Complete Response

GC: 

Gastric Cancer

HR: 

Hazard Ratio

NAC: 

Neoadjuvant Chemotherapy

OS: 

Overall Survival

PC: 

Perioperative Chemotherapy

PR: 

Partial Response

RCTs: 

Randomized Controlled Trials

RR: 

Risk Ratio

Declarations

Acknowledgments

We thank the department of Surgical Oncology of First Hospital of China Medical University and the College of China Medical University for technical assistance.

Funding

This work was supported by Natural Science Foundation of Liaoning Province (No. 2014029201), Program of Education Department of Liaoning Province (L2014307), the Key Laboratory Programme of Education Department of Liaoning Province (LZ2015076).

Availability of data and materials

The datasets supporting the conclusions of this article are included within the article and its additional files.

Authors’ contributions

JZ and PG contributed equally to this work. ZW participated in the conception and design of the study and coordination; JZ and XC participated in design of the study, data extraction, article selection and manuscript preparation and interpreted the results in collaboration with BM and YS; YY and JS participated in data extraction, article selection and data extraction; PG performed the statistical analysis and participated in the critical revision of the manuscript. All authors drafted and critically revised the manuscript and approved the final version.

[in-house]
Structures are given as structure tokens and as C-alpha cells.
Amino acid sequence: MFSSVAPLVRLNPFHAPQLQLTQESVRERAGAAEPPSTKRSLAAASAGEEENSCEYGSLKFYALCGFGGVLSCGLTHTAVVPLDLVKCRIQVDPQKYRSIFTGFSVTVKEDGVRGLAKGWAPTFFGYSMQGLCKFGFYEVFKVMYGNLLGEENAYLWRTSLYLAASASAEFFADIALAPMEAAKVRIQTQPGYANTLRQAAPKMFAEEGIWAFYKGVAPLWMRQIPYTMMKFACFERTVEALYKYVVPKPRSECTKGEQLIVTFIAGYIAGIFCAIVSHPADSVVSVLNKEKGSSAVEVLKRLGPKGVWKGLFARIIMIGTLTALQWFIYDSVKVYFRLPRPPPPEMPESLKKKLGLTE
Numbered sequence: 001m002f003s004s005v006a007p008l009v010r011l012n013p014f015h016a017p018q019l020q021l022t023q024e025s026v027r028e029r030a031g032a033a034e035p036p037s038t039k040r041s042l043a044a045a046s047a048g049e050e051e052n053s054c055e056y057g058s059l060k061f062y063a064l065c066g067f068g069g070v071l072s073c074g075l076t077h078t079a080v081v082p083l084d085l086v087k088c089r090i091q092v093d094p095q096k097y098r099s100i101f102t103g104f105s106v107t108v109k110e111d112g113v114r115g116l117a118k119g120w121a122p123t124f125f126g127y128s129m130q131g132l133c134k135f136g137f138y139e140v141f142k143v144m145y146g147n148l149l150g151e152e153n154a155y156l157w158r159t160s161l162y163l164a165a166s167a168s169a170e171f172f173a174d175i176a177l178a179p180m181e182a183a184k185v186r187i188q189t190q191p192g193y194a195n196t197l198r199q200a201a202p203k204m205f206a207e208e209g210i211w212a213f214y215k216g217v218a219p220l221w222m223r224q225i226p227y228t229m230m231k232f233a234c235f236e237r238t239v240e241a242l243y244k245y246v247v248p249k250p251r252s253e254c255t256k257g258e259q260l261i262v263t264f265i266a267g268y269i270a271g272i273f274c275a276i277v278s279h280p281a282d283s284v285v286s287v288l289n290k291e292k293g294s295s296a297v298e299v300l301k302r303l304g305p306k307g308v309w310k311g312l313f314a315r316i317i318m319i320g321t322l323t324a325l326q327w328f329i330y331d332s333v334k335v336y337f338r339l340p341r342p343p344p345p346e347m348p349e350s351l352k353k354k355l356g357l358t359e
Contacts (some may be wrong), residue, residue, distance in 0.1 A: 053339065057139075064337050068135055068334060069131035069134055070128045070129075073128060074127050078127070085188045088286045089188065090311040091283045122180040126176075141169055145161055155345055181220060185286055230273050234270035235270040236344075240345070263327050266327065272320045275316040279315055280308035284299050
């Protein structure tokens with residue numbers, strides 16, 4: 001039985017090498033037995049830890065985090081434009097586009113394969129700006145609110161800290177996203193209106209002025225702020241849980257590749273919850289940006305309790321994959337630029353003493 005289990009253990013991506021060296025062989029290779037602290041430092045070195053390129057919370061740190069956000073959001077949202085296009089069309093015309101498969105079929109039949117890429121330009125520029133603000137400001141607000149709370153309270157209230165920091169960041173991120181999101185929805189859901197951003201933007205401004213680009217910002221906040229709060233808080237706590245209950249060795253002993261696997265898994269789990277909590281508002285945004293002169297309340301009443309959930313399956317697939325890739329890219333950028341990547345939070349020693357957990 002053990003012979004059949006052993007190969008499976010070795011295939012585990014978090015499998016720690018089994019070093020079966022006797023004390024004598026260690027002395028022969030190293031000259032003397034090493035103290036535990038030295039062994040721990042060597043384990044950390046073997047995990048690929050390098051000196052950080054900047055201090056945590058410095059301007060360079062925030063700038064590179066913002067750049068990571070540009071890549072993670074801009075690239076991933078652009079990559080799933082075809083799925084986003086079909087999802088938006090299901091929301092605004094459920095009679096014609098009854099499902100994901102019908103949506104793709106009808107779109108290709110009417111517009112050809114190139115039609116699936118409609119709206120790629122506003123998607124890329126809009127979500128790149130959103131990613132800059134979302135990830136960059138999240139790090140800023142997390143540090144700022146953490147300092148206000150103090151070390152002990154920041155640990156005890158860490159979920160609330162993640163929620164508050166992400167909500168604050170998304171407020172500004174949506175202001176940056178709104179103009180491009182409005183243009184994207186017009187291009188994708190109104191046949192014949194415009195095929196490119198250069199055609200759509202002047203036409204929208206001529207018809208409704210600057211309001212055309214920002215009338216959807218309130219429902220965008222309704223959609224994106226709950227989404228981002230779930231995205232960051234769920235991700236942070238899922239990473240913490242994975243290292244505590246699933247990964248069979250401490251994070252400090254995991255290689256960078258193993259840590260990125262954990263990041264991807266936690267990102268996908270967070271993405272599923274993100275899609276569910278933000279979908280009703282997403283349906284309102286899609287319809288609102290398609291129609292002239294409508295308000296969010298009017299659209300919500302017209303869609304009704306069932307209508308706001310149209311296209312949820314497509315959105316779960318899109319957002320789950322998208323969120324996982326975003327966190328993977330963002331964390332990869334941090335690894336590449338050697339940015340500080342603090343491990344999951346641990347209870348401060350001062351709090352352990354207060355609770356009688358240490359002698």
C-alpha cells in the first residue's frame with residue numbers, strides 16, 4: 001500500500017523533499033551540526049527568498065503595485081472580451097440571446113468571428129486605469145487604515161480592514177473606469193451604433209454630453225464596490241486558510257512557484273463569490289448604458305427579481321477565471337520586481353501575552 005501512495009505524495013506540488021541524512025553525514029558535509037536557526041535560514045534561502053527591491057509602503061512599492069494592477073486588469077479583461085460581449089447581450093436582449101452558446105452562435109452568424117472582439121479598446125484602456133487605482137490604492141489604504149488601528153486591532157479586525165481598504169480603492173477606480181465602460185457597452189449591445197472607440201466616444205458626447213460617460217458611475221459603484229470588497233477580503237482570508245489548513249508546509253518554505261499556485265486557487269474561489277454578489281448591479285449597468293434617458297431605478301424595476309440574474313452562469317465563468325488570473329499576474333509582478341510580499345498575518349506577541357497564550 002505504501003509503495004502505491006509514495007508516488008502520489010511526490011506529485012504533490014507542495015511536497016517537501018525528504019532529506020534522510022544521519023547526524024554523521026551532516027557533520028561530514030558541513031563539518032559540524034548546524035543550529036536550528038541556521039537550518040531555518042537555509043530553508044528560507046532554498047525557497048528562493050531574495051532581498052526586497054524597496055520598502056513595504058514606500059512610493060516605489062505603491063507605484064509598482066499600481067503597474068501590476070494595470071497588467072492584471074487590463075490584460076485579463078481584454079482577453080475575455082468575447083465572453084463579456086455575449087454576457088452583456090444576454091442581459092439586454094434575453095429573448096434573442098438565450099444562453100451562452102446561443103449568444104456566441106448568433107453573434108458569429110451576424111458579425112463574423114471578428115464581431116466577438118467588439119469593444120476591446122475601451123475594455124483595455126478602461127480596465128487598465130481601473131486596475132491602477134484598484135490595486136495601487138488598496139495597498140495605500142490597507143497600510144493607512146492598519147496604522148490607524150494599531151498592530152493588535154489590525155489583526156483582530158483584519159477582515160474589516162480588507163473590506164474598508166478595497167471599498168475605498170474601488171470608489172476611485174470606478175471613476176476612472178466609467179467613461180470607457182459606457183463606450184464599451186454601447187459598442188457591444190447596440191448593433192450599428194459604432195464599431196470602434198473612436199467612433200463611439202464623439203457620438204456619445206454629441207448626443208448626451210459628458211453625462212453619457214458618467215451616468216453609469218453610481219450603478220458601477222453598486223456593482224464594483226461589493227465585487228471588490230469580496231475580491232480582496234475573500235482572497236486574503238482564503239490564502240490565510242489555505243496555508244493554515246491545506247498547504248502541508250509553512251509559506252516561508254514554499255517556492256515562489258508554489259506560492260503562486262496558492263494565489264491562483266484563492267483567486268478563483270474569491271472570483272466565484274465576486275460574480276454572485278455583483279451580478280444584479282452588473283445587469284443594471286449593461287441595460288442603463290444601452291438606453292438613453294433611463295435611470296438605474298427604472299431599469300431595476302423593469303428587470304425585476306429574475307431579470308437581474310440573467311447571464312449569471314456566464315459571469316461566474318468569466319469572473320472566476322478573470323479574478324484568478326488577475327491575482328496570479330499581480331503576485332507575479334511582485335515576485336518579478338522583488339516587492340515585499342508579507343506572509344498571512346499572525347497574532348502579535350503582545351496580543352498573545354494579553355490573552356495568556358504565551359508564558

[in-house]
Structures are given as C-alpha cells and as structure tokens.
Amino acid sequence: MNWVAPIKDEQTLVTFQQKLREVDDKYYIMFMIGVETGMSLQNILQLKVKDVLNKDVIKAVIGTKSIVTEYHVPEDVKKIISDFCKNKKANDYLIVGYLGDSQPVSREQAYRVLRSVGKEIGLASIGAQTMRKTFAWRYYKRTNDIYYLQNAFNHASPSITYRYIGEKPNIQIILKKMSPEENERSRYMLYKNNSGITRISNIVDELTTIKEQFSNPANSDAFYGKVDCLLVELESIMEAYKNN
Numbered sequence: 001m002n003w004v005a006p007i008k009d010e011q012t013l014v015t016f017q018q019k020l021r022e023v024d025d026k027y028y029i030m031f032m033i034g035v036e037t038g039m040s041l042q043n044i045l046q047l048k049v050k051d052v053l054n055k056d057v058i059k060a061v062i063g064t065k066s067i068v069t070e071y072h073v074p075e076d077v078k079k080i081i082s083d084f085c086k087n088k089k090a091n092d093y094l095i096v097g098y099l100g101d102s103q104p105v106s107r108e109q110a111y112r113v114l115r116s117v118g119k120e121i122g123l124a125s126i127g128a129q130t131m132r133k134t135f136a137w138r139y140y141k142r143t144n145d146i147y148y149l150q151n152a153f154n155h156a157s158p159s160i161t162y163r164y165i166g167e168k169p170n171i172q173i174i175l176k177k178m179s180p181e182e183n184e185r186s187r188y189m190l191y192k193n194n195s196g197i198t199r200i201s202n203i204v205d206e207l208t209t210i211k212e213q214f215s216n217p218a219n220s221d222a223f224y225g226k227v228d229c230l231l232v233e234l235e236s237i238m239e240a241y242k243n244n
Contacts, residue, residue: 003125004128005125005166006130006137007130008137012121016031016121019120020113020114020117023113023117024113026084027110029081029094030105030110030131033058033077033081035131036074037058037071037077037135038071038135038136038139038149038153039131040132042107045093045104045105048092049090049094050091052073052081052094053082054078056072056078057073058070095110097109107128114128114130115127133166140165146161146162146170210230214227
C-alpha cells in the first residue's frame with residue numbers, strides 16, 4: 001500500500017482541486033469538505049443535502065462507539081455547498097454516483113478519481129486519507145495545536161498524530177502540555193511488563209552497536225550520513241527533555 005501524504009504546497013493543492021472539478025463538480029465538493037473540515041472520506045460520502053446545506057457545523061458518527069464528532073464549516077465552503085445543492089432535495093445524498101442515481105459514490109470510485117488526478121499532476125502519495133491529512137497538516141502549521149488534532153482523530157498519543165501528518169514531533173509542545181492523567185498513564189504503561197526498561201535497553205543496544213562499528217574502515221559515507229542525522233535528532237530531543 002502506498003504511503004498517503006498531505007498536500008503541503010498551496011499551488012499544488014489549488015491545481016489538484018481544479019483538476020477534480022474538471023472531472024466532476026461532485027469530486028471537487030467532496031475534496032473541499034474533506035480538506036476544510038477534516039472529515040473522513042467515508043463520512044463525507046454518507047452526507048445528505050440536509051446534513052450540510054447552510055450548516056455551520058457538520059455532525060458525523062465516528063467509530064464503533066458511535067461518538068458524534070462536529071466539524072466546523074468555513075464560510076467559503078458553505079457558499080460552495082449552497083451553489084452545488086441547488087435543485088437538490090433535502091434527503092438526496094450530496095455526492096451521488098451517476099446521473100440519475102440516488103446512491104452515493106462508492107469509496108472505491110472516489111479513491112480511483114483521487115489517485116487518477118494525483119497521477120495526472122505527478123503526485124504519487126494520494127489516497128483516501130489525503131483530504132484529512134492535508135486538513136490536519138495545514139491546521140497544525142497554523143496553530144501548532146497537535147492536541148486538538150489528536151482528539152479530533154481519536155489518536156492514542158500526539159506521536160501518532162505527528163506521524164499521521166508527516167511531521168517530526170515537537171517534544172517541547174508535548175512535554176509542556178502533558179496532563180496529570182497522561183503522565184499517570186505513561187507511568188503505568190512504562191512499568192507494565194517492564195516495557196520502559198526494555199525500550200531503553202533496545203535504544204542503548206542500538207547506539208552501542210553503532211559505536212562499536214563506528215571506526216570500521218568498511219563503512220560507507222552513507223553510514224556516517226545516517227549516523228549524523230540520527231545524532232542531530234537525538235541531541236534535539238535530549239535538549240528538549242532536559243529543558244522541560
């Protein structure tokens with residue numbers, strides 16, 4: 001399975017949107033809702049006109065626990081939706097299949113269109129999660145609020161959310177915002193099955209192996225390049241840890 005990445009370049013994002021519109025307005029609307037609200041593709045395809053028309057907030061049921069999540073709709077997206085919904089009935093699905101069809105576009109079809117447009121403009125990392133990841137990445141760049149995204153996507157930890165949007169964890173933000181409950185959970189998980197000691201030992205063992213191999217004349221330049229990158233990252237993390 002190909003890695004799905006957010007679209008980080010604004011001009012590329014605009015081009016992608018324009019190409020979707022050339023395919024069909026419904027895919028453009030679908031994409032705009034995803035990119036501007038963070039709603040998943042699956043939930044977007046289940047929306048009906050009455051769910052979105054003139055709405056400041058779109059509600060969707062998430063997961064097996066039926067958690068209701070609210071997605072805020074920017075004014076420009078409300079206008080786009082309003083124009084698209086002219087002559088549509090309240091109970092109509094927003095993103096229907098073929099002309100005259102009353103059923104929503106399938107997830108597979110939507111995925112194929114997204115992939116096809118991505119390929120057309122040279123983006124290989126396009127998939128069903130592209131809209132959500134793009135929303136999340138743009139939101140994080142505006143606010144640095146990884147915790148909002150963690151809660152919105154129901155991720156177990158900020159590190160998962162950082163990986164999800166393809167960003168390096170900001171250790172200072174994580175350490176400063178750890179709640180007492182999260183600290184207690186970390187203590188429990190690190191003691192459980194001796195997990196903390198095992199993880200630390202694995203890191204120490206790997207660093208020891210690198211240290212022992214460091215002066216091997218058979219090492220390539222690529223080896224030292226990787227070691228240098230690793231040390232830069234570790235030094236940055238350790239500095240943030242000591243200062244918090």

Competing interests

All the authors declare that they have no competing interests. And our manuscript has not been published previously and is not under consideration by any other publications.

Consent for publication

Not applicable.

Ethics approval and consent to participate

Not applicable.

Open AccessThis article is distributed under the terms of the Creative Commons Attribution 4.0 International License (http://creativecommons.org/licenses/by/4.0/), which permits unrestricted use, distribution, and reproduction in any medium, provided you give appropriate credit to the original author(s) and the source, provide a link to the Creative Commons license, and indicate if changes were made. The Creative Commons Public Domain Dedication waiver (http://creativecommons.org/publicdomain/zero/1.0/) applies to the data made available in this article, unless otherwise stated.

Authors’ Affiliations

(1)
Department of Surgical Oncology and General Surgery, the First Hospital of China Medical University